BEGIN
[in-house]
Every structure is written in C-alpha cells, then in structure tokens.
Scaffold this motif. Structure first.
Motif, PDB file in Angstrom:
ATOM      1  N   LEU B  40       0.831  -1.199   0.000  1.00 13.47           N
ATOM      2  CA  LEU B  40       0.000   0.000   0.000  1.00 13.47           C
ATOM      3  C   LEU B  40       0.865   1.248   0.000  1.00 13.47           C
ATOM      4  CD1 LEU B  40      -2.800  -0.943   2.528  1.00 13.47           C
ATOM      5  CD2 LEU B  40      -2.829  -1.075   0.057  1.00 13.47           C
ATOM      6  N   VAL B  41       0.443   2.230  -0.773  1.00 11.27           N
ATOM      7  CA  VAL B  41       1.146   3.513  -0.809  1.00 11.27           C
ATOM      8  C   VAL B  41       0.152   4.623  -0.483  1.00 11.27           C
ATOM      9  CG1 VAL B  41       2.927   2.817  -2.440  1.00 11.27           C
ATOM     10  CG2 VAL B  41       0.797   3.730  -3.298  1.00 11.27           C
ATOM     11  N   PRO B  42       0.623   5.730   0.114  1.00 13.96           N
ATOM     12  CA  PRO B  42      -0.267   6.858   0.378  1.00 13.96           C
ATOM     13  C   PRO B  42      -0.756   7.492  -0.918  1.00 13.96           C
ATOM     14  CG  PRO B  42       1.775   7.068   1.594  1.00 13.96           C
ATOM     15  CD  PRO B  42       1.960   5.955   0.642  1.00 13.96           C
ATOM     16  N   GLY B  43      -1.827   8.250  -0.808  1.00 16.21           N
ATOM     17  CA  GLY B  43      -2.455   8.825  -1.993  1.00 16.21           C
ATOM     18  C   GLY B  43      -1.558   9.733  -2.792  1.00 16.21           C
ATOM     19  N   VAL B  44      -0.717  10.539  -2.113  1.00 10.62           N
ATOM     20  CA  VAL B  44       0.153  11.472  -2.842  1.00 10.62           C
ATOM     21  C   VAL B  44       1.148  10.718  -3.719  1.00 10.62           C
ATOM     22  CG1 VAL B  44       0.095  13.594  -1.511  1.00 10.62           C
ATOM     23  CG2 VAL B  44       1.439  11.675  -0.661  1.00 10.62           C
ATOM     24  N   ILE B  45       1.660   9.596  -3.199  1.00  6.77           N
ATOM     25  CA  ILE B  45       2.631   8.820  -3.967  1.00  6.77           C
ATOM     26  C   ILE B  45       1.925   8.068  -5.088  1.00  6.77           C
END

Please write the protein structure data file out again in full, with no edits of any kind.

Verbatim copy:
[in-house]
Every structure is written in C-alpha cells, then in structure tokens.
Scaffold this motif. Structure first.
Motif, PDB file in Angstrom:
ATOM      1  N   LEU B  40       0.831  -1.199   0.000  1.00 13.47           N
ATOM      2  CA  LEU B  40       0.000   0.000   0.000  1.00 13.47           C
ATOM      3  C   LEU B  40       0.865   1.248   0.000  1.00 13.47           C
ATOM      4  CD1 LEU B  40      -2.800  -0.943   2.528  1.00 13.47           C
ATOM      5  CD2 LEU B  40      -2.829  -1.075   0.057  1.00 13.47           C
ATOM      6  N   VAL B  41       0.443   2.230  -0.773  1.00 11.27           N
ATOM      7  CA  VAL B  41       1.146   3.513  -0.809  1.00 11.27           C
ATOM      8  C   VAL B  41       0.152   4.623  -0.483  1.00 11.27           C
ATOM      9  CG1 VAL B  41       2.927   2.817  -2.440  1.00 11.27           C
ATOM     10  CG2 VAL B  41       0.797   3.730  -3.298  1.00 11.27           C
ATOM     11  N   PRO B  42       0.623   5.730   0.114  1.00 13.96           N
ATOM     12  CA  PRO B  42      -0.267   6.858   0.378  1.00 13.96           C
ATOM     13  C   PRO B  42      -0.756   7.492  -0.918  1.00 13.96           C
ATOM     14  CG  PRO B  42       1.775   7.068   1.594  1.00 13.96           C
ATOM     15  CD  PRO B  42       1.960   5.955   0.642  1.00 13.96           C
ATOM     16  N   GLY B  43      -1.827   8.250  -0.808  1.00 16.21           N
ATOM     17  CA  GLY B  43      -2.455   8.825  -1.993  1.00 16.21           C
ATOM     18  C   GLY B  43      -1.558   9.733  -2.792  1.00 16.21           C
ATOM     19  N   VAL B  44      -0.717  10.539  -2.113  1.00 10.62           N
ATOM     20  CA  VAL B  44       0.153  11.472  -2.842  1.00 10.62           C
ATOM     21  C   VAL B  44       1.148  10.718  -3.719  1.00 10.62           C
ATOM     22  CG1 VAL B  44       0.095  13.594  -1.511  1.00 10.62           C
ATOM     23  CG2 VAL B  44       1.439  11.675  -0.661  1.00 10.62           C
ATOM     24  N   ILE B  45       1.660   9.596  -3.199  1.00  6.77           N
ATOM     25  CA  ILE B  45       2.631   8.820  -3.967  1.00  6.77           C
ATOM     26  C   ILE B  45       1.925   8.068  -5.088  1.00  6.77           C